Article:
It would be ridiculous in us to affect to recommend a volume written by Dr. Paley. It will be extensively read ; its readers will receive many useful and striking thoughts; and we earnestly wish they may study the New Testament enough to be saved from any injurious impression of what we cannot allow ourselves to regard as unimportant errors.

* A good summary of the arguments on this subject will be found in a recent number of the “ Pantologia," Art. Canaanites.

assume, that an eminently conspicuous and powerful advocate of Christianity, ought to have been distinguished by a spirit peculiarly sympathetic with that of the Founder, and that of the apostles, martyrs, and confessors of this religion. For surely he that in modern times has a more impressive view than almost all his contemporaries of its evidence and excellence, possesses something strikingly in common with its first promulgators. His more luminous view of the truth and divine excellence of the religion, places him on a ground of nearly equal privilege with that of those persons, who commenced its disciples and advocates actually amidst the prodigies that attended its first introduction. But to have embraced the religion under the immediate impression of those miracles, which gave direct proof from heaven of its being not only true, but, in the divine estimation, of inexpressible importance, and then to have been less than ardently zealous in the exercise and promotion of it, would have been deemed an unpardonable inconsistency. It would have been expected, and even required, of that man, that he should be inspired and actuated by the divine principles thus received into his mind, as much almost as if a spirit had descended from heaven to inhabit his person, and determine the whole system of his sentiments and agency. And therefore nearly the same result is justly required from the man in later times, who, being favoured with a superlative clearness of conviction, is placed in nearly as high a rank of privilege as the original converts and advocates.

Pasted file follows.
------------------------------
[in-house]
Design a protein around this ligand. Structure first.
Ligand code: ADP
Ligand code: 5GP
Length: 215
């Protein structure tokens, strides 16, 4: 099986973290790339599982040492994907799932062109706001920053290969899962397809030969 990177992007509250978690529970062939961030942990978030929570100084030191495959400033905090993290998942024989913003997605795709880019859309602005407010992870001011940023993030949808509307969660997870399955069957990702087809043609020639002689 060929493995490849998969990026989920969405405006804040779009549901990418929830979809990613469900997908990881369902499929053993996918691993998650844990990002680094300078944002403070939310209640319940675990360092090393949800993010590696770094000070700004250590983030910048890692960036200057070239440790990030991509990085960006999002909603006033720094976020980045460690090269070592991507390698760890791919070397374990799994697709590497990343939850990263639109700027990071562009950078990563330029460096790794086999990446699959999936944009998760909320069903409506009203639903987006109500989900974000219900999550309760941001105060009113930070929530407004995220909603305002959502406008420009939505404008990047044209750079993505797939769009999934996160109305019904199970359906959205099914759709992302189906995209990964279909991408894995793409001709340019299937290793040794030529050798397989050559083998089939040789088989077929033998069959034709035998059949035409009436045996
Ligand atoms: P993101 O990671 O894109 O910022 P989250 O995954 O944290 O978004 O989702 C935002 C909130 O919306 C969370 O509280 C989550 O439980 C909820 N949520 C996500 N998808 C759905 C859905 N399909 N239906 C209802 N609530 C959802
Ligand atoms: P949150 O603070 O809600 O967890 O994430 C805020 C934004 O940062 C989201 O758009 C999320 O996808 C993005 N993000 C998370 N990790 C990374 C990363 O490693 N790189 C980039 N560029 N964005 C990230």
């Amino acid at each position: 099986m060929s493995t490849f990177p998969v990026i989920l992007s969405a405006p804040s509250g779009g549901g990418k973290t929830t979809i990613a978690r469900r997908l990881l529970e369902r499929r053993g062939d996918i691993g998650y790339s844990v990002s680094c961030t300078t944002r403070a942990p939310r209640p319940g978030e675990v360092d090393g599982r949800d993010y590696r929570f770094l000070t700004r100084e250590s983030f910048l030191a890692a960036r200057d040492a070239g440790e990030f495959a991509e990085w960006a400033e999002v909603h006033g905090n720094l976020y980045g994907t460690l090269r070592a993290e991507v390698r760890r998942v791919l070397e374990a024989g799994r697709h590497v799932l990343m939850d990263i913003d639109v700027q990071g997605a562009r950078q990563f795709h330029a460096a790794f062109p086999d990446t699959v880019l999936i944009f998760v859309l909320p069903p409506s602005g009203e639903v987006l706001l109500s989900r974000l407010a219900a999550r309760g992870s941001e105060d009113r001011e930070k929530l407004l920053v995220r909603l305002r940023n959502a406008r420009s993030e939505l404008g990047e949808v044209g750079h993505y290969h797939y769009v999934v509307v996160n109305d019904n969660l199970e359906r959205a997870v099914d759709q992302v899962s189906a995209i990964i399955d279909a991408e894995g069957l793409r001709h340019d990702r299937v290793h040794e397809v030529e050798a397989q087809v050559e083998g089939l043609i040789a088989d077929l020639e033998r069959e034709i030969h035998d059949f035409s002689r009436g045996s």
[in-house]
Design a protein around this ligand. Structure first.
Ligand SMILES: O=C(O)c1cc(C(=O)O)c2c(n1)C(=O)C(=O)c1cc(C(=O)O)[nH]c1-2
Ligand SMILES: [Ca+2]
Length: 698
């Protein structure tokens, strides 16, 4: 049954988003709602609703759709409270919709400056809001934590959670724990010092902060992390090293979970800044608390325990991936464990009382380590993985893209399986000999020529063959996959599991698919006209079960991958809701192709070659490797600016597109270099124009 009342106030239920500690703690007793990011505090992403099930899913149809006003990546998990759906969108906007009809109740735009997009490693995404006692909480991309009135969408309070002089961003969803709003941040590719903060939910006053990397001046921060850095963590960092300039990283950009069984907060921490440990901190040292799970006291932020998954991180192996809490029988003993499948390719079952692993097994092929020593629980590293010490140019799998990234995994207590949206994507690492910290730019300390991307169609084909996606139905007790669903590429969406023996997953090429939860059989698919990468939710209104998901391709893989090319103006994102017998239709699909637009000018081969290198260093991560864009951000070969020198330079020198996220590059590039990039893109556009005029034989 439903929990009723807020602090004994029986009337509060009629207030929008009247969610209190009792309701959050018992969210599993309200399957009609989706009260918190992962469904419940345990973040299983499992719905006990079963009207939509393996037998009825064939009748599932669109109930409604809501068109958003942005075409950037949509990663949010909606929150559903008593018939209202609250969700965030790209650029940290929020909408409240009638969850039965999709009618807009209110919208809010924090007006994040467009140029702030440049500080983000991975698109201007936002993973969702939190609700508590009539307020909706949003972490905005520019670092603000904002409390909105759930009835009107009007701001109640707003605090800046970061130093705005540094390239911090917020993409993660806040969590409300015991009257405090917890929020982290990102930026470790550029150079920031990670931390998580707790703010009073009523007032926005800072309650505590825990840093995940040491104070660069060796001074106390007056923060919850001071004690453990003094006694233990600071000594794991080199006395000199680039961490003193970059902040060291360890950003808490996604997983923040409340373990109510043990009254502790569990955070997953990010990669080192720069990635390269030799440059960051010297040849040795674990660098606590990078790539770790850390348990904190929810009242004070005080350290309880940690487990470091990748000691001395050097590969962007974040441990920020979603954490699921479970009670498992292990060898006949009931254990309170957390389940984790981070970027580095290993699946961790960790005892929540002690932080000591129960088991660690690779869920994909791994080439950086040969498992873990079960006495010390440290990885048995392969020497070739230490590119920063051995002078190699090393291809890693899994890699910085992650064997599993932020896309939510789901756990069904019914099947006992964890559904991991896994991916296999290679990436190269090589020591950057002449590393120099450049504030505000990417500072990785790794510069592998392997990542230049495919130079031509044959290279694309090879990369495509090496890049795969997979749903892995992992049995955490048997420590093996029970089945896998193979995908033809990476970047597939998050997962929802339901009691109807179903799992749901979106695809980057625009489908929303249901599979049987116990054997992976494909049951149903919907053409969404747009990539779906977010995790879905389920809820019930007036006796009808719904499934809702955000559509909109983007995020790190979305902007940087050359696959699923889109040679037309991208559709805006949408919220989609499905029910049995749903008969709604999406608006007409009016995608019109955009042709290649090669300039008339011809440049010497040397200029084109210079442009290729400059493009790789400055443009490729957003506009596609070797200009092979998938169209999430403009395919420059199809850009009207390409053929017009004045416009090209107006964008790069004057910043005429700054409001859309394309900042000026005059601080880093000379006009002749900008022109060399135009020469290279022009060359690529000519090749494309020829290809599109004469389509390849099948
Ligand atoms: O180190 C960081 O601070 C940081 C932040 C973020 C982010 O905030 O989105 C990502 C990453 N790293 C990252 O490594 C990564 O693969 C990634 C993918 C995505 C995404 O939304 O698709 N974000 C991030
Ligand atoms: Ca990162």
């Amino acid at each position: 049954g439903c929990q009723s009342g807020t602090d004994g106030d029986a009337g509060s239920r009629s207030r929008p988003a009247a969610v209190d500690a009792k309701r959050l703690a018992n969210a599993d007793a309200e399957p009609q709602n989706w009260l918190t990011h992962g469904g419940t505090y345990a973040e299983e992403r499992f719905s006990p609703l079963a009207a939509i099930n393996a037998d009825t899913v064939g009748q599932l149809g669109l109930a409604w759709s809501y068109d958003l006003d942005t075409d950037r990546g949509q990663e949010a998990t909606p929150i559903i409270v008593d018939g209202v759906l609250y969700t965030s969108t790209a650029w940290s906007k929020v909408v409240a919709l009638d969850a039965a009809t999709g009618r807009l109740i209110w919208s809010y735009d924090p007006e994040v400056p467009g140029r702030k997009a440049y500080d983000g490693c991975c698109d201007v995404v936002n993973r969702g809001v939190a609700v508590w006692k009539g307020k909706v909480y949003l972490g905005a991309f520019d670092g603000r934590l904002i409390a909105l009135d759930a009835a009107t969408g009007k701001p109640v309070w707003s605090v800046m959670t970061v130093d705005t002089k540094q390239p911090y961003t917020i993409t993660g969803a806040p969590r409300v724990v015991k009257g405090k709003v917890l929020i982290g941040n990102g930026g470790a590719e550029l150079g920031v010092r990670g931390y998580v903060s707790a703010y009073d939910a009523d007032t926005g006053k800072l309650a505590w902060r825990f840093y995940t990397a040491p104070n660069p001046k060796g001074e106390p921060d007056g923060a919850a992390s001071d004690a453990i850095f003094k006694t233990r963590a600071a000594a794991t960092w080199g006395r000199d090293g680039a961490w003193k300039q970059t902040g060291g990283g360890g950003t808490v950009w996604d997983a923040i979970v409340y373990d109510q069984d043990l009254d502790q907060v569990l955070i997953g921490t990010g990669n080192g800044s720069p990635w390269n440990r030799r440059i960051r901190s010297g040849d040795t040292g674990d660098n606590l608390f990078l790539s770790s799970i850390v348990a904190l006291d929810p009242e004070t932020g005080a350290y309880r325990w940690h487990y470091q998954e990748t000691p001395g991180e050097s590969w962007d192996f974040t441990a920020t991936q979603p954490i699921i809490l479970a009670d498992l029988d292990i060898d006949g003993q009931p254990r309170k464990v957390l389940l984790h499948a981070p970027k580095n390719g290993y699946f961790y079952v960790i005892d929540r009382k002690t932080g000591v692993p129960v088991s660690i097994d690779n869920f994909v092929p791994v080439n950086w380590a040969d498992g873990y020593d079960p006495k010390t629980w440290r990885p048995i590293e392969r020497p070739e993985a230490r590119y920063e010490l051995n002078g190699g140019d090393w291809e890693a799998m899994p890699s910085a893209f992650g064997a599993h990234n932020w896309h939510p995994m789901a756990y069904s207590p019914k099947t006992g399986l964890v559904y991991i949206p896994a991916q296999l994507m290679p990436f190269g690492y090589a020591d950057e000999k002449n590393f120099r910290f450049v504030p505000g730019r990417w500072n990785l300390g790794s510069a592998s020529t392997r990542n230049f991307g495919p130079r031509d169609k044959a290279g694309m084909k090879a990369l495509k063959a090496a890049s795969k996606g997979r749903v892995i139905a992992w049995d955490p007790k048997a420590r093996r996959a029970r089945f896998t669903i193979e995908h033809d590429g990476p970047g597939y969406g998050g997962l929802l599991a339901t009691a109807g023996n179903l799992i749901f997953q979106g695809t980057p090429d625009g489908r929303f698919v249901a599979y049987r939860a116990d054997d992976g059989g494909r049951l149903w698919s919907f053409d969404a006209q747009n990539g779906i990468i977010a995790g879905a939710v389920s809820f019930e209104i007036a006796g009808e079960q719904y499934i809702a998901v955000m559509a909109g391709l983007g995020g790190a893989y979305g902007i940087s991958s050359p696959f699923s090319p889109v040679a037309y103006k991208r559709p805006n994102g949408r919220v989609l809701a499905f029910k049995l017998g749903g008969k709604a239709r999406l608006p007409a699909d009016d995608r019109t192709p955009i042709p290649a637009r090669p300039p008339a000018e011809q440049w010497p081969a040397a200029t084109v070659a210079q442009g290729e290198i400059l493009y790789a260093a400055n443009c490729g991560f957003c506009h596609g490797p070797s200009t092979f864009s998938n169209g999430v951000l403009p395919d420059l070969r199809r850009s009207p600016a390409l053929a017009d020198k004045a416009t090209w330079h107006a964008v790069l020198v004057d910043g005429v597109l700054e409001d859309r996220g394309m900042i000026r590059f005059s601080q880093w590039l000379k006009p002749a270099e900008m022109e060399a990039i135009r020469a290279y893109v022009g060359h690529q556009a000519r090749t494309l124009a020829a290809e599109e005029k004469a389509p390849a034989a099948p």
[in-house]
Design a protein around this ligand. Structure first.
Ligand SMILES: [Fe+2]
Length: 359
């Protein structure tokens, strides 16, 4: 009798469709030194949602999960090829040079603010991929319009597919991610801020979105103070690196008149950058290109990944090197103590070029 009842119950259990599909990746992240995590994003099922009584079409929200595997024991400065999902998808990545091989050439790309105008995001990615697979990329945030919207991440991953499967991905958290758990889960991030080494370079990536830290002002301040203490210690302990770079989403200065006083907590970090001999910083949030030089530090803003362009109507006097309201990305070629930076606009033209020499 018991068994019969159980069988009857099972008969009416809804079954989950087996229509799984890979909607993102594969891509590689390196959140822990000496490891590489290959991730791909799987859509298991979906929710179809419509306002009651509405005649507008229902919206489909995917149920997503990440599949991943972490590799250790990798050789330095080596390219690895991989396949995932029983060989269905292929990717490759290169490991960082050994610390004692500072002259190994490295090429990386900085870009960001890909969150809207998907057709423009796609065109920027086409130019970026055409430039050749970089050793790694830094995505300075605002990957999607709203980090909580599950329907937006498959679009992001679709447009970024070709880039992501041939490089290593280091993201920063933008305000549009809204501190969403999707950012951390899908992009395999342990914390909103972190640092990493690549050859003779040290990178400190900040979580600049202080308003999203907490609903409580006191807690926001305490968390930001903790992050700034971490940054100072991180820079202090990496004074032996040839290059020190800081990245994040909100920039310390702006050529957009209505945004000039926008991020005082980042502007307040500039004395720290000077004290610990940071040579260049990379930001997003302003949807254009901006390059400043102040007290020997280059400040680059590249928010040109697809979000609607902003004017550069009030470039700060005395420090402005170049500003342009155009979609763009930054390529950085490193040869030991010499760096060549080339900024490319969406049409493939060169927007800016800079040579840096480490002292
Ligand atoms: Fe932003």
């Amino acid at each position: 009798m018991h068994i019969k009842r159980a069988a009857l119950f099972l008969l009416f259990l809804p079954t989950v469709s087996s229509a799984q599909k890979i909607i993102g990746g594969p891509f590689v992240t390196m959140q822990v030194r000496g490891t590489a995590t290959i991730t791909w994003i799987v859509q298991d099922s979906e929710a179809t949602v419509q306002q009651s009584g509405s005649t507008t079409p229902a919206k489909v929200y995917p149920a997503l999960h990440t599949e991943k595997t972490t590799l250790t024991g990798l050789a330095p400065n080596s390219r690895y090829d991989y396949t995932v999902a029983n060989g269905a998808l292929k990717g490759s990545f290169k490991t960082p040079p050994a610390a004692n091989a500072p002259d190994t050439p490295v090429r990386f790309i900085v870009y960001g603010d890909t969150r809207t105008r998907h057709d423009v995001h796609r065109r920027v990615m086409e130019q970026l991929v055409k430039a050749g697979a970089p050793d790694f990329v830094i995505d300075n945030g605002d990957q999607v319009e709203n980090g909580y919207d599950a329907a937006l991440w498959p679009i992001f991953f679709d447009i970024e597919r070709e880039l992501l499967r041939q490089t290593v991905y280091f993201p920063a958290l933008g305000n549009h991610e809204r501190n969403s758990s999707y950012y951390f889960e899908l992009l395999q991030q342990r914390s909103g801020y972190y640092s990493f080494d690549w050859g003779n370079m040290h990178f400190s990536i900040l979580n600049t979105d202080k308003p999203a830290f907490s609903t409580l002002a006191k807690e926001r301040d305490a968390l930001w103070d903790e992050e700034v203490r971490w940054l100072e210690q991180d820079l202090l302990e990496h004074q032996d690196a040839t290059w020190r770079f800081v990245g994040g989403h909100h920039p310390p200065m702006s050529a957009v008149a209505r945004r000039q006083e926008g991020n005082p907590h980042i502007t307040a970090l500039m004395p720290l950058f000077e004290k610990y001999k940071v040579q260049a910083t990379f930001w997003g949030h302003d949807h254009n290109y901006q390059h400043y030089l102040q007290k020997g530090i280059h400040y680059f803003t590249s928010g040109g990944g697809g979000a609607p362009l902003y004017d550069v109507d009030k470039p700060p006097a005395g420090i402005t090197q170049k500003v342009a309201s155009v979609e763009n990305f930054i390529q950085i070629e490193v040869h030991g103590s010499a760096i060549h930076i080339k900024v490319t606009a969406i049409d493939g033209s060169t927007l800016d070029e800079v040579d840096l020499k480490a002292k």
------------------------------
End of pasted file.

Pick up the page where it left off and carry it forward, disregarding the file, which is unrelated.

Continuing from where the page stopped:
If this be true, the Memoirs of Dr. Paley cannot be read without considerable regret. Sincerely gratified to observe and applaud his excellent and amiable qualities, we yet in vain endeavour to avoid perceiving a very serious deficiency of what we think the spirit of primitive Christianity: Notwithstanding much moral worth, there is something unsaintly spread over the character. A respectable man of the world seems to meet us, when we wish to see a person that will remind us of the

apostles. It is not to be noted as a fault, that Paley had not the great passions which, when combined with great talents, can make a character sublime: his constitution